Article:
Sermon: Bright as Crystal

September 24, 2017
Revelation 22:1-5
Season of Creation: River Sunday

We come to the close of our month-long Season of Creation today with River Sunday. I have to admit that I find this a strange Biblical text for River Sunday – at least it has a river in it. I think on Forest Sunday we were lucky to have a tree. But this isn’t a river that exists in our day or in John’s: It’s a river of vision, a river of the future. It’s part of a new heaven and a new earth which lie somewhere ahead in the mists of time.

That has contributed to Christian theologies that say, in effect, that what we do in this life doesn’t matter. Sometimes these are theologies of replacement: if God will destroy the Earth, the ultimate “repeal and replace,” does it matter how battered and broken the world is when God does it?

There are Christians who believe that.

As well as theologies of replacement, there are theologies of forgiveness. That doesn’t sound so bad, but stay with me for a minute. If God’s forgiveness is free for the asking, or if God’s forgiveness just goes to everybody, does it matter what horrible things you do in life as long as you get your forgiveness from God when you need it?

Although the Middle Ages in Europe, with their high rate of infant mortality, is the soil in which infant baptism took root, the nobility frequently delayed their baptism to their deathbeds. They wanted to live their lives without many of the constraints of Christian teaching – charity, restraint from violence, and so on – but they also wanted to receive God’s forgiveness and God’s welcome into the next life. So they’d live their lives as they pleased, and when they felt the approach of death, they’d call for the priest and their baptism.

They followed the example of an early and significant Christian political leader. A man we know as the Emperor Constantine.

Constantine and his co-emperor, Licinius, legalized Christianity throughout the Roman Empire in 313, just ten years after the Emperor Diocletian launched what came to be known as the Great Persecution. Modern historians believe 3,000 to 3,500 Christians died. Constantine began using Christian symbols about the same time that he legalized the faith. He provided the funds to build churches, including the Church of the Holy Sepulchre in Jerusalem. In 325 he summoned Christian leaders from around the empire to a council to resolve theological controversies that were actually causing riots in the cities – yes, people would riot over doctrine. The Council of Nicaea produced the first formal creed, the Nicene Creed, of the Church. By any standard, he was significantly involved in the life of the Church.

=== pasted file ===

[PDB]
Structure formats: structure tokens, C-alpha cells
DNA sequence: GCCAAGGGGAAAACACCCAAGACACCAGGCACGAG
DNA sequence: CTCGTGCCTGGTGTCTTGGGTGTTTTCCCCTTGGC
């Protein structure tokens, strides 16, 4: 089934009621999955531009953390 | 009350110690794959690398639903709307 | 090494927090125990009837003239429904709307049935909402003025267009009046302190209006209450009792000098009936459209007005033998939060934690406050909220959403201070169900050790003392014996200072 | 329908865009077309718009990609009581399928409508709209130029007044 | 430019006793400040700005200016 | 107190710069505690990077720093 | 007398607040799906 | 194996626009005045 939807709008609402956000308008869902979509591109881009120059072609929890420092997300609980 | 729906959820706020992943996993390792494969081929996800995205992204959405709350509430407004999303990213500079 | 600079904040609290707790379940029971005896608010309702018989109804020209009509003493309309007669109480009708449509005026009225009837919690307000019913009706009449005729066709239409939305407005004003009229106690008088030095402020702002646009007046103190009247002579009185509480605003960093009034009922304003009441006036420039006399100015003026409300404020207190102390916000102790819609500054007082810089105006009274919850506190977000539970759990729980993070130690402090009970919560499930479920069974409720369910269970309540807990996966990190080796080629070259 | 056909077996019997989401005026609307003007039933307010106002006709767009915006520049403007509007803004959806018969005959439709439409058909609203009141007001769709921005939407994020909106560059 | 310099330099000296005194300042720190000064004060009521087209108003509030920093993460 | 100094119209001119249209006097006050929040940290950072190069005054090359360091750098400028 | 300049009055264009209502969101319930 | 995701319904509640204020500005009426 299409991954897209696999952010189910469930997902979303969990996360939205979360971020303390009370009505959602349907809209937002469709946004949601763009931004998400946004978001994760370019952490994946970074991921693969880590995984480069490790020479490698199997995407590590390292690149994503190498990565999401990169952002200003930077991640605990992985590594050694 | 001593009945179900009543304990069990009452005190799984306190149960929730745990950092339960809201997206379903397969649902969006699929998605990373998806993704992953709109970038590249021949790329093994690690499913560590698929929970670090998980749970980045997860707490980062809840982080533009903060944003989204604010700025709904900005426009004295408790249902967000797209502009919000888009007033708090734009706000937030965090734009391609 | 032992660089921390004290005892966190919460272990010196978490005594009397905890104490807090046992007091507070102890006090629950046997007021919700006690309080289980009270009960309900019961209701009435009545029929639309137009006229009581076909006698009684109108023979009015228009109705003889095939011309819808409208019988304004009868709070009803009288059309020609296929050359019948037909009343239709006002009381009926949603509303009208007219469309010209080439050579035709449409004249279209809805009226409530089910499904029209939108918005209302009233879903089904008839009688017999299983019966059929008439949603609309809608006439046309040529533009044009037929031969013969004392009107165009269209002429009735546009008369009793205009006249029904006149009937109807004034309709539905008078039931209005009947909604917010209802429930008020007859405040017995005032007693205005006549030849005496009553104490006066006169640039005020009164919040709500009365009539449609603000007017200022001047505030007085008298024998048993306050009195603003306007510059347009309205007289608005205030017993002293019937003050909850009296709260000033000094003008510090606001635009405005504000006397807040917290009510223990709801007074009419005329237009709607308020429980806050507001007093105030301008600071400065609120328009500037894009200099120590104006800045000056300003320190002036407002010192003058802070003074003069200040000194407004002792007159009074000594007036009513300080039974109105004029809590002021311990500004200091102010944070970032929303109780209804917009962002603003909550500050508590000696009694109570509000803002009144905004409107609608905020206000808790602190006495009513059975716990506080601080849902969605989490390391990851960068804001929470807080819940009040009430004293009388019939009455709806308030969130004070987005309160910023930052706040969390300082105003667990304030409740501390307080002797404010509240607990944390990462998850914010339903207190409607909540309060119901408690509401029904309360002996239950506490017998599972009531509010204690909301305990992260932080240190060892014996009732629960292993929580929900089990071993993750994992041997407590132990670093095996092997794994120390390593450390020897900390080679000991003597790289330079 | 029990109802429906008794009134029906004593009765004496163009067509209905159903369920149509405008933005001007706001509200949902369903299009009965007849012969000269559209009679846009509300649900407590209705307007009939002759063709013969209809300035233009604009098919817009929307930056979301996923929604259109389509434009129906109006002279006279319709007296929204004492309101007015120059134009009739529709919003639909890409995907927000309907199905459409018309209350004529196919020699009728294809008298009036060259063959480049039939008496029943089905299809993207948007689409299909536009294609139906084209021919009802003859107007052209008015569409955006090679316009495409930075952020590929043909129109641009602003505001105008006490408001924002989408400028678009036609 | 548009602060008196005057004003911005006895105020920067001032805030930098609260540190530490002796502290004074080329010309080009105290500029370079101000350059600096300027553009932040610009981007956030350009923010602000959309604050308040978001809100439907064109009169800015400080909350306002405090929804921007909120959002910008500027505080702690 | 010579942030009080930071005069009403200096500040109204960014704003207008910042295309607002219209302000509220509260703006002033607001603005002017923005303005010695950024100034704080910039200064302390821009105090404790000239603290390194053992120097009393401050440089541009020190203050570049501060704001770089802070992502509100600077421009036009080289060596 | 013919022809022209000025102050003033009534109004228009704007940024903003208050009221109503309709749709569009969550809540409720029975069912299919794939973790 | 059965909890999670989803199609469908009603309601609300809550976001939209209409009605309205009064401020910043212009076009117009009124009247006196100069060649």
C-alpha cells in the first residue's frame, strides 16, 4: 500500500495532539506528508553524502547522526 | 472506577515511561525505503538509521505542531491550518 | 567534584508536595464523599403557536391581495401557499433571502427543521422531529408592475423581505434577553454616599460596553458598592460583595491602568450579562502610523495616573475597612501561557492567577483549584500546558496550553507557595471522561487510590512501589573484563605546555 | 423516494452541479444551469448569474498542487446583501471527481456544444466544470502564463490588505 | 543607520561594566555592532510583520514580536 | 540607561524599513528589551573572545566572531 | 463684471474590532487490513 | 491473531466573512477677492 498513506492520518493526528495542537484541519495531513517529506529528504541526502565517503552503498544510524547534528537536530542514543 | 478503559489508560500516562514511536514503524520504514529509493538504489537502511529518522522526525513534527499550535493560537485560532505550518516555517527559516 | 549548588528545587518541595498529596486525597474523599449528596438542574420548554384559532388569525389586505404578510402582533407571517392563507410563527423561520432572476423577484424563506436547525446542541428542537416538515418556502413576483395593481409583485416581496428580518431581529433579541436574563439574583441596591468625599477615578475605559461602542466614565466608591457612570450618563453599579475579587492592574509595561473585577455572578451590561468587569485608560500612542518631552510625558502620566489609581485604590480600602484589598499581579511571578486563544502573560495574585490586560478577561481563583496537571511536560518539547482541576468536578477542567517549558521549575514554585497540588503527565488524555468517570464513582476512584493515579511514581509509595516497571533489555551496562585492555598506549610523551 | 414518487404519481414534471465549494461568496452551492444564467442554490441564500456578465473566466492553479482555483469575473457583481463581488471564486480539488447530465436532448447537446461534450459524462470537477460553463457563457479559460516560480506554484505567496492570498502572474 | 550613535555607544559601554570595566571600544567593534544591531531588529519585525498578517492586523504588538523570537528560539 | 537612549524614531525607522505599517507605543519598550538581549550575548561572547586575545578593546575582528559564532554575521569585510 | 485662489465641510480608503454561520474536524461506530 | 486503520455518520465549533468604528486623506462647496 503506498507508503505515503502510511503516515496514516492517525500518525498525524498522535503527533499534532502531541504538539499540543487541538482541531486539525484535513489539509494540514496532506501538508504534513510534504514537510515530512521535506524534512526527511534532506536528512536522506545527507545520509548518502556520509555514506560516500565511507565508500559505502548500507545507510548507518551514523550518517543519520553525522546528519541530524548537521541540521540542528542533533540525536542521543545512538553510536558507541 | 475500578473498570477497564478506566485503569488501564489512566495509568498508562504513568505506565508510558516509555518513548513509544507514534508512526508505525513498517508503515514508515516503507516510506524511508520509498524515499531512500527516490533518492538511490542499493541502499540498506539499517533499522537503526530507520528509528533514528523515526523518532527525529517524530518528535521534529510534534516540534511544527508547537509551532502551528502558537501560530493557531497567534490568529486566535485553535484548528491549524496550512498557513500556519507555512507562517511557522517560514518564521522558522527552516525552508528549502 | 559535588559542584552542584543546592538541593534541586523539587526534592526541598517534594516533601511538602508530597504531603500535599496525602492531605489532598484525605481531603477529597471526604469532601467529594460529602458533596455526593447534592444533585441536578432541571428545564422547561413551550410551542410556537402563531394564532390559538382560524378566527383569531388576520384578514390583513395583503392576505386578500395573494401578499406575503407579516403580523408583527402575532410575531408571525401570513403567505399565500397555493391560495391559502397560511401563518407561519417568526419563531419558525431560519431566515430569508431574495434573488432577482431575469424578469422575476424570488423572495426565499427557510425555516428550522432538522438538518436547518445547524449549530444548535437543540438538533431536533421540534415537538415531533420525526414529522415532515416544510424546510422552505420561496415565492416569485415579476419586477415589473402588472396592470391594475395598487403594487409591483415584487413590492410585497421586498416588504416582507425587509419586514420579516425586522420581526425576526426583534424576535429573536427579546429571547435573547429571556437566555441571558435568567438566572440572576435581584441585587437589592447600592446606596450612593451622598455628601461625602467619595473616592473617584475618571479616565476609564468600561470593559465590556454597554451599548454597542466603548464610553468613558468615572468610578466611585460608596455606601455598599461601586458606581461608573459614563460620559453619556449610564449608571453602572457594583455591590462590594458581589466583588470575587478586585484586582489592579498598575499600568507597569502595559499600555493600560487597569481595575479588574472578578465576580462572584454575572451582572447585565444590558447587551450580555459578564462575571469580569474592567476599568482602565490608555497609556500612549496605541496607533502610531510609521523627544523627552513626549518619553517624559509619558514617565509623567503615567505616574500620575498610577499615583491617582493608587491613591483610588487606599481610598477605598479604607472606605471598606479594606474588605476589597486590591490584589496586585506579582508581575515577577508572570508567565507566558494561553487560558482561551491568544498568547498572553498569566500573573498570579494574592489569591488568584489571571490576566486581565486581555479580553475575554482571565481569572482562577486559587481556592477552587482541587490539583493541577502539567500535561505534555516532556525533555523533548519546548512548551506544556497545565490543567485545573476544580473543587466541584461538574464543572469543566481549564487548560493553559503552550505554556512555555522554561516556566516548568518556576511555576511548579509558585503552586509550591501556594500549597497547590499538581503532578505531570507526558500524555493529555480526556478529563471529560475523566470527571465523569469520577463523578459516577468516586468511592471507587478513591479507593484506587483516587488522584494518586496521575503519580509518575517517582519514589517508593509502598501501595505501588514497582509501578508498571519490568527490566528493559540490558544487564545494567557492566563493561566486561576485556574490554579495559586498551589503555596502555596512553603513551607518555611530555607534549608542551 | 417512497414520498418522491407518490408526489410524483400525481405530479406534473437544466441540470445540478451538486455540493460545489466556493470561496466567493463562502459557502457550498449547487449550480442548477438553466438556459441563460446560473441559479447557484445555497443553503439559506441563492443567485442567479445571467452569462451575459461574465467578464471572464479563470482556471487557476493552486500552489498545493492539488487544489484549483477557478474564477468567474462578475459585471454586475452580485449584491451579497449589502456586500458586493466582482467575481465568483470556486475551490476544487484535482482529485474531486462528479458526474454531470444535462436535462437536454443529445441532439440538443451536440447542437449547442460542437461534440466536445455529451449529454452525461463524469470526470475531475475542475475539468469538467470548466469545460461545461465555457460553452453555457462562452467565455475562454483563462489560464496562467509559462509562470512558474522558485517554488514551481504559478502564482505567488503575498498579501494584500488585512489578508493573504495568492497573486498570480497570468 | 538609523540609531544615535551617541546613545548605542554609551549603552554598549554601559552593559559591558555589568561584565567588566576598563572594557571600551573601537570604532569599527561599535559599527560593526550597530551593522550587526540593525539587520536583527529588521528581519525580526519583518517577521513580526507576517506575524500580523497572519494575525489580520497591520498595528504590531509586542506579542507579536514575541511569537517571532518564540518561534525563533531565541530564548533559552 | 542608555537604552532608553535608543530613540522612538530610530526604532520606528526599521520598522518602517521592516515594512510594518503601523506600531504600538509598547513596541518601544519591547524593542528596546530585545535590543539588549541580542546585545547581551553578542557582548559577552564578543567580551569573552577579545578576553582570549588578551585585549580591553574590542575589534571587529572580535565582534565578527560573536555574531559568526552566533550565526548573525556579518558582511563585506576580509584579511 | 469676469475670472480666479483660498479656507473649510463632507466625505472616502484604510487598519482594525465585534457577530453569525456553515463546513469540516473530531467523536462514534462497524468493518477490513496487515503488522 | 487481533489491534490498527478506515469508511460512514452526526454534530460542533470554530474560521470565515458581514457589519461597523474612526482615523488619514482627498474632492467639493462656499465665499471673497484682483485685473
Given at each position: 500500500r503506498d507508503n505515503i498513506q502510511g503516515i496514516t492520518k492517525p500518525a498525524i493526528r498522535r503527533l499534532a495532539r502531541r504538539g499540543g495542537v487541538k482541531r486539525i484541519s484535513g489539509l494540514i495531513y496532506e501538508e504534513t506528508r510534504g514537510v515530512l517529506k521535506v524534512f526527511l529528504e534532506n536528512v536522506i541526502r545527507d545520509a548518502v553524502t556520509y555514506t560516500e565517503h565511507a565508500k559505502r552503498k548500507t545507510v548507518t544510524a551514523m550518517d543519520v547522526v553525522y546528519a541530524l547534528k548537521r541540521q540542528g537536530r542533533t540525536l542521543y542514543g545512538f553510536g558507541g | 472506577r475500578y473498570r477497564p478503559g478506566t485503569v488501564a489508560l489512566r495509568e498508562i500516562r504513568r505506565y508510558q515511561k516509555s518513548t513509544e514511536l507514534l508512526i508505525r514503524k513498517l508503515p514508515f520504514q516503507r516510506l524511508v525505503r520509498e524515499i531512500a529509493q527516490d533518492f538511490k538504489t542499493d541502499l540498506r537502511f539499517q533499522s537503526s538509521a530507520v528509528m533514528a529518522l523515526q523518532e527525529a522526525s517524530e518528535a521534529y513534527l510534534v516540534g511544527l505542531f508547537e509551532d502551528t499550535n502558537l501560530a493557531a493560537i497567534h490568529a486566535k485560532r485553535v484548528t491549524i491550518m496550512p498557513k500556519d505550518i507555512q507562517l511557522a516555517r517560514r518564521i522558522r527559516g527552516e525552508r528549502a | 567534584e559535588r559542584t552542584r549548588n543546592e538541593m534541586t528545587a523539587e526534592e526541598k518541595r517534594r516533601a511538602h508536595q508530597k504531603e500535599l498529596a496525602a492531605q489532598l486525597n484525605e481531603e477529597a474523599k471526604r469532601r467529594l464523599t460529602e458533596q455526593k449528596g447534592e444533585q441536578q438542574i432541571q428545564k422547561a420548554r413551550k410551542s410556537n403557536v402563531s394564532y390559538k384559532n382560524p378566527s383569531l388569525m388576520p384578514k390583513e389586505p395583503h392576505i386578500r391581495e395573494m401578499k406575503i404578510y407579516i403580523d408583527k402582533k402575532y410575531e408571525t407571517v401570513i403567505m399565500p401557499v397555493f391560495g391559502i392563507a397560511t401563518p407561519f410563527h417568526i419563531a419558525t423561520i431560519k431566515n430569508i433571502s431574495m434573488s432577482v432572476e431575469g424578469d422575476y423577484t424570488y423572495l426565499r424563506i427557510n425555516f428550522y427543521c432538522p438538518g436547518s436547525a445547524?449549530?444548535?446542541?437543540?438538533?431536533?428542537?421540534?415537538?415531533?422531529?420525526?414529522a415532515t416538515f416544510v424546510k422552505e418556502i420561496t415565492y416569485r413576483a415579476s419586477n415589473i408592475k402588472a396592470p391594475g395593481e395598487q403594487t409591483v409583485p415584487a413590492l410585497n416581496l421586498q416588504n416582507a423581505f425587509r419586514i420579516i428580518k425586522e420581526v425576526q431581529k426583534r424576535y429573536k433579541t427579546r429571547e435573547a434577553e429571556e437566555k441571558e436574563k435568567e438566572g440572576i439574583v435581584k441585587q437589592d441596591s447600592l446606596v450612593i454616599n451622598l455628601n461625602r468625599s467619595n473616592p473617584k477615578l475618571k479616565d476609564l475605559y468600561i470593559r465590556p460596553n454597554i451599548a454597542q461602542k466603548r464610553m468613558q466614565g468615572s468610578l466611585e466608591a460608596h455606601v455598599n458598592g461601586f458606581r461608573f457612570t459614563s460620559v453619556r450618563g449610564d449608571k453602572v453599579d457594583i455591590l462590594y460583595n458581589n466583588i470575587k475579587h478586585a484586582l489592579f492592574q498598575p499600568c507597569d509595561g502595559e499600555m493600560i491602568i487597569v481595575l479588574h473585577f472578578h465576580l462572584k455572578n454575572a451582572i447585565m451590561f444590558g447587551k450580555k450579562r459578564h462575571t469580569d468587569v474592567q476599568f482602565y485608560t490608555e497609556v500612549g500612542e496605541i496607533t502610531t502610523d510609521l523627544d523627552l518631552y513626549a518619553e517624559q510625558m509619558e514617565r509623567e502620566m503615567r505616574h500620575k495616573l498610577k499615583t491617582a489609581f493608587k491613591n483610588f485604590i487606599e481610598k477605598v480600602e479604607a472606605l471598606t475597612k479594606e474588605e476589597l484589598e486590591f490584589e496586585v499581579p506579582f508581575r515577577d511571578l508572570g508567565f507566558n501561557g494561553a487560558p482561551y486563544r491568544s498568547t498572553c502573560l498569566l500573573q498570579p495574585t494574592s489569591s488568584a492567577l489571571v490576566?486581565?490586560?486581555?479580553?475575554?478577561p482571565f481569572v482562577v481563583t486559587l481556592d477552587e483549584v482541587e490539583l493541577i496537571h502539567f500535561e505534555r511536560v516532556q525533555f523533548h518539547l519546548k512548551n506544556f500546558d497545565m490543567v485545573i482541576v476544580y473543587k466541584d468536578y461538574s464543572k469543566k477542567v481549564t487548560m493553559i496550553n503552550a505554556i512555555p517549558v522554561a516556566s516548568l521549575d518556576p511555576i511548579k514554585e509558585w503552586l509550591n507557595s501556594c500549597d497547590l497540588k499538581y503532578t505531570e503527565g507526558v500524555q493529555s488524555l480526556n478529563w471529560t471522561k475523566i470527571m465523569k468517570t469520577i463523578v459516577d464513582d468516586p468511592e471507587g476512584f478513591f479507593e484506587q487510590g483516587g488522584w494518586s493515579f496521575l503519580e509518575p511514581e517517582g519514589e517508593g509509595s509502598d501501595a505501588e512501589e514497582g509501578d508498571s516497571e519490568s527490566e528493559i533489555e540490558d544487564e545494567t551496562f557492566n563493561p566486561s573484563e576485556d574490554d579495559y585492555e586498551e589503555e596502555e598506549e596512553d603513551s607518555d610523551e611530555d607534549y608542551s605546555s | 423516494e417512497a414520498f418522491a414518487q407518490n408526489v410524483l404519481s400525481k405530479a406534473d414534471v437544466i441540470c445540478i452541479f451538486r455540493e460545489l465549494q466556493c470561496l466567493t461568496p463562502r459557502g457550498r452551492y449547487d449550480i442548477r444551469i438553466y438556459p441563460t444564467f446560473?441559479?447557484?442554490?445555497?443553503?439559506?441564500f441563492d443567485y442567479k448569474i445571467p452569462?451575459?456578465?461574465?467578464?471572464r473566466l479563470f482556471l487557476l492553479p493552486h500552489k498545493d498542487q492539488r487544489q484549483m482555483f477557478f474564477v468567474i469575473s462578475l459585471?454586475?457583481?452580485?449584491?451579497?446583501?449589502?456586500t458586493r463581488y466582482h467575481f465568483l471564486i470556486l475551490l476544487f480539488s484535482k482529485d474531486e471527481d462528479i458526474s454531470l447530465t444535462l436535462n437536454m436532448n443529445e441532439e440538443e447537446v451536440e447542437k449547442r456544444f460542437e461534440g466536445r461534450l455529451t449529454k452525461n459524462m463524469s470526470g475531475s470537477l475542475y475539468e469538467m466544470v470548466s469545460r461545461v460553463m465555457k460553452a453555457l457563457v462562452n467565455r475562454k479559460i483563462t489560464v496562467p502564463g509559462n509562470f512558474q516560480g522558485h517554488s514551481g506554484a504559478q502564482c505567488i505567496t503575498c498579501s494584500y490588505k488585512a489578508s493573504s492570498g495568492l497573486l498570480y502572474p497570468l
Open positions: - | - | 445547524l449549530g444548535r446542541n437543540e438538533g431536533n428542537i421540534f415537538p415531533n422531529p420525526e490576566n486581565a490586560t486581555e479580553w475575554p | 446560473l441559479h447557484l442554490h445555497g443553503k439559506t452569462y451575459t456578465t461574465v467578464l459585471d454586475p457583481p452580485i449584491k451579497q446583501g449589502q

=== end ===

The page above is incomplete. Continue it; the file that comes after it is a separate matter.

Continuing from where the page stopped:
But he was not baptized. Not until he fell ill and realized that his time was short. He was baptized shortly after Easter, and died on Pentecost of 337, less than six weeks later.

I guess he thought that the life of an emperor, with its comfort and its privilege, with its power to judge and condemn, with its power to make make war, and with its struggles for supremacy against political and military rivals, wasn’t consistent with a Christian life.

I guess he understood that pretty well.

So: Does it matter what we do? Does it matter, since the world we live in will be replaced? Does it matter, since forgiveness is given freely?

I think the answer is right here in the 22nd chapter of Revelation (and, honestly, in the 21st chapter that precedes it). The answer is right here in the river, bright as crystal, that flows through the City of God.

This river exists in John’s vision of God’s promise. This river is part of John’s vision of perfection. This river flows in John’s vision of what God really wants.

And in that vision, the river flows bright as crystal. Bright as crystal.

That’s not how I grew up with rivers.